How can a book save you?

Building towards a Marathon

I love sport and would, even then, classify myself as ‘sporty’, but lets be clear I was no runner. Indeed I still don’t always classify myself as a runner. However I did know how to go about getting fit and what it took to challenge myself. I played rugby in my late teens early 20’s and before then I played hockey for school, county and club. I would probably call myself a ‘reluctant’ runner. But this book gave me hope, it gave me a purpose and a structure.

I decided to start with a half marathon and see where that would take me.

Nine months later on 10th May 2009 I was at the start line of my first half. Woefully unprepared for the event but absolutely up for the challenge. Training had started the moment I got back from holiday. I took myself seriously and set about building miles carefully and slowly. At this time I hadn’t thought about joining a running club as they were for ‘proper runners’. Not overweight ‘hopers’ like me. I didn’t care how long it took, just that I made it to the end.

Writing about it some 8 years later brings up a swell of tears. I can still remember the churning of my stomach and my husband waving me off as I set out on my 13.1 mile adventure. It was this race that changed the way I thought about running forever. After this event I no longer viewed myself as ‘overweight Nicky’ I was a half marathon finisher.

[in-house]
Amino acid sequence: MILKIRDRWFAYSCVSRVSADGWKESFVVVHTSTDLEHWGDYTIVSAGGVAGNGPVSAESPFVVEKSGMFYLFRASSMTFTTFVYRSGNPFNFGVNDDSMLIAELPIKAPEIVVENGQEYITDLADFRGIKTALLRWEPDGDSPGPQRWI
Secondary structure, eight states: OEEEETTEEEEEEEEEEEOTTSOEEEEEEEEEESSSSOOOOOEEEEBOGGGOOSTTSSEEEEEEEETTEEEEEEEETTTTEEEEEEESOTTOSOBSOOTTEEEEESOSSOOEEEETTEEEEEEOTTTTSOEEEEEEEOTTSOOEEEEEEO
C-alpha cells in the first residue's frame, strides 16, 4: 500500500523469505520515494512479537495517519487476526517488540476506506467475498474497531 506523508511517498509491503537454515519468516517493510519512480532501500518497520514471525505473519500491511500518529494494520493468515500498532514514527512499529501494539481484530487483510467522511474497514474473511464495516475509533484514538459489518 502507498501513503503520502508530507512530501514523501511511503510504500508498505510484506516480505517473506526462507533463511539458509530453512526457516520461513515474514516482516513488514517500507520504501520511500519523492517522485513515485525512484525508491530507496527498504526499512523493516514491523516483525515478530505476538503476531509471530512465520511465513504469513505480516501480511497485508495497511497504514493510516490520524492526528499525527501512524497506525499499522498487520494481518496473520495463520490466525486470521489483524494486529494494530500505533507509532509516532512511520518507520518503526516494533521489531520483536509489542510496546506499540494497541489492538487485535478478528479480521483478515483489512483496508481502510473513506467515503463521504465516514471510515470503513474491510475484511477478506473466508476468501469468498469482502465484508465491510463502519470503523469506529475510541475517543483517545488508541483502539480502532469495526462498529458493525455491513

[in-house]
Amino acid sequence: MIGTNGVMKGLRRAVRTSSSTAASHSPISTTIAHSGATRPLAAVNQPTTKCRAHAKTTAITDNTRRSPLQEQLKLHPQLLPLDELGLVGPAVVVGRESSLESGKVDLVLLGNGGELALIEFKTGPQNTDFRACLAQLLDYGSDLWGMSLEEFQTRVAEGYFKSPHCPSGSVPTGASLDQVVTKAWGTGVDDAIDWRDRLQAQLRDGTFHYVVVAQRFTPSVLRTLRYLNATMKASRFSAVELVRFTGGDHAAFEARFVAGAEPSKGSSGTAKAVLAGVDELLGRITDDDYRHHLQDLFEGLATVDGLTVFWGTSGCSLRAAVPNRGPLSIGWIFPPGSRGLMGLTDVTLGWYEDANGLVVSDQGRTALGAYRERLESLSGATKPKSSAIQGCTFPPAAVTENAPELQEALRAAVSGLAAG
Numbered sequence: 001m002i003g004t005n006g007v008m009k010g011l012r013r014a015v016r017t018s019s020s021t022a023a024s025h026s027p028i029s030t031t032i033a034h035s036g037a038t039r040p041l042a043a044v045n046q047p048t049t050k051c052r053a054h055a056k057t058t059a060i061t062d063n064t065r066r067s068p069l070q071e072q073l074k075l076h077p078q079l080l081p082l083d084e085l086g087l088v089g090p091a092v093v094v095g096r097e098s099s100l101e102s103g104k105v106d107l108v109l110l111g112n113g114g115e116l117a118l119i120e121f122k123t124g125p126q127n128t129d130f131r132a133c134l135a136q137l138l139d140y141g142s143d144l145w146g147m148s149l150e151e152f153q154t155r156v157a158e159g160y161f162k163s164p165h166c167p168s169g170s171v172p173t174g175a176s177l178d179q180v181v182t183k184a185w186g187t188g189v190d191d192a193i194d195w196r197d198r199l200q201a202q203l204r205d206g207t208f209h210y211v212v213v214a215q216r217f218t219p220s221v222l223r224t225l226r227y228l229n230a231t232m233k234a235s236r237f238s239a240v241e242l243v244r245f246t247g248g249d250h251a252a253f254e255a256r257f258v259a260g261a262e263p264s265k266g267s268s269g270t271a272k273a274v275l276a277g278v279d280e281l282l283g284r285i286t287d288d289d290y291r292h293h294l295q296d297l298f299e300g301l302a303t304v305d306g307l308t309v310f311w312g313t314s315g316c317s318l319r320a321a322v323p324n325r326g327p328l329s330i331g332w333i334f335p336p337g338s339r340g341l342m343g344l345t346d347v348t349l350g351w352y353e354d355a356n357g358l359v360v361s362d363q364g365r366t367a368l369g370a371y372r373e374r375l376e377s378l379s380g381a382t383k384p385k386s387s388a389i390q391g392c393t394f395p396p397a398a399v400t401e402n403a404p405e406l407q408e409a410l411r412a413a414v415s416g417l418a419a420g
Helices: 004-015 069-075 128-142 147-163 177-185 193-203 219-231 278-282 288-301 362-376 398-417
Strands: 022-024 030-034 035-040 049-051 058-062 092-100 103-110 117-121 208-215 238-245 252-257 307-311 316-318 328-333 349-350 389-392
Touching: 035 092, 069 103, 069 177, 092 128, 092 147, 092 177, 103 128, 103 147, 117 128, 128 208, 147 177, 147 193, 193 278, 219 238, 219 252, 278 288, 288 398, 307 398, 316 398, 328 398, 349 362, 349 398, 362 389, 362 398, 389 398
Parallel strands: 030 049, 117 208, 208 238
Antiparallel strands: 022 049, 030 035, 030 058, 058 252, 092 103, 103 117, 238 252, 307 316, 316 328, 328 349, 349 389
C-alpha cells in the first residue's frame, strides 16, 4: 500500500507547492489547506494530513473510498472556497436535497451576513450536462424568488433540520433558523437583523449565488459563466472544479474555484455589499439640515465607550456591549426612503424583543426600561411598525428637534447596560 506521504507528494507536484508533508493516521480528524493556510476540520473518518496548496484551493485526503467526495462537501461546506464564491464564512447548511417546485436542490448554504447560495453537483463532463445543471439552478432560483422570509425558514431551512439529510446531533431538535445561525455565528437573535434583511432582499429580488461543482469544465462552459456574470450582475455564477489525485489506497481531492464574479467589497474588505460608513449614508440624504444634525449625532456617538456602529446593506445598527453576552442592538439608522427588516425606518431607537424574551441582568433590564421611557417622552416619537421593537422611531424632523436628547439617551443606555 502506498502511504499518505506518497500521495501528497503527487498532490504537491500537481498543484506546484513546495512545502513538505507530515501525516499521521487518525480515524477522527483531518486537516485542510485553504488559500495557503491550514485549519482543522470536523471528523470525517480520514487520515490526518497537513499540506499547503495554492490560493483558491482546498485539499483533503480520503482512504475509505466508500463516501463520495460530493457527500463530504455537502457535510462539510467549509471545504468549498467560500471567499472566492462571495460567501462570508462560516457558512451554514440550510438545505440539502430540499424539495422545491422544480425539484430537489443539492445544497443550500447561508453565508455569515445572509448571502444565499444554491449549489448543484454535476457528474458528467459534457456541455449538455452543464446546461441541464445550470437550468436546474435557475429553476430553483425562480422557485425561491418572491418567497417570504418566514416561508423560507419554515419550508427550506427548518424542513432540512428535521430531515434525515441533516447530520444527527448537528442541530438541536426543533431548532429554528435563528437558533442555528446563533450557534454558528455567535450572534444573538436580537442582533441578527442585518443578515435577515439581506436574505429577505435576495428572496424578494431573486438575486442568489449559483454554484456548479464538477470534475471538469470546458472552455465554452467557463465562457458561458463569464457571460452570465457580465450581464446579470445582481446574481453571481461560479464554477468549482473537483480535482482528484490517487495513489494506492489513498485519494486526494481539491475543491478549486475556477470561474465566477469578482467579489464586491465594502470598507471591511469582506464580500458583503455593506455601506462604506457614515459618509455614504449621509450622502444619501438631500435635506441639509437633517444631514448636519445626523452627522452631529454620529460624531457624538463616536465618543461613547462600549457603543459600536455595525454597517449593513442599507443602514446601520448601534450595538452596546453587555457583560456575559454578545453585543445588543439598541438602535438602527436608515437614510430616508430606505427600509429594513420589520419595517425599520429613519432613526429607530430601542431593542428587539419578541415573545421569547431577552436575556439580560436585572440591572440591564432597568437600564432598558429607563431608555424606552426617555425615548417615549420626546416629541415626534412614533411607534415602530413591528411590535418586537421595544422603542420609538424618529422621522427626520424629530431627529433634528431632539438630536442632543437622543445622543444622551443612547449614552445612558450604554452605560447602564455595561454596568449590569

Half Marathon Finisher!

Towards a new Goal and that illusive Marathon

Now my finishing time in 2009 was somewhere beyond the 2hr 30 mark. Not only that but I was absolutely exhausted. My body took 2 weeks to recover and in that time I was unable to run – to even contemplate running!

If I was to run a marathon I needed to set about making further changes to my training and look more sensibly at what it took to run a marathon.  Amby Burfoot’s book came out again and I set to planning a faster half marathon and to ensure that my recovery was quicker.

I joined a running club – finally I saw sense and joined a local club. Meeting Kerry Newell was the first step to putting my base plan into action. Kerry gave me so much guidance and quality coaching sessions that I soon became the running machine that I had hoped I would be. I was dropping the weight without trying. I was doing specific sessions to work on my speed and endurance. I put more effort into eating to fuel my run and my recovery. Within a few months I had knocked over 15 minutes off my 10k time and began to believe that I could run 10k under the hour. If you are a runner you will know how much that means to someone in the kind of shape I was in.

In 2010 I ran my second half marathon. It was a whole year since my first attempt and I had set out two specific goals. To go faster and recover quicker. I still had no idea what time I would do as I had not tested my pace at this distance for a year – choosing to run only up to 10 miles in training. You can imagine how I felt when I crossed the line in 1hr 57 minutes. A huge 30+ minutes faster than 12 months previous.

I was ready to take on a Marathon Challenge

Second from left with running friends

Ready for 26.2 Miles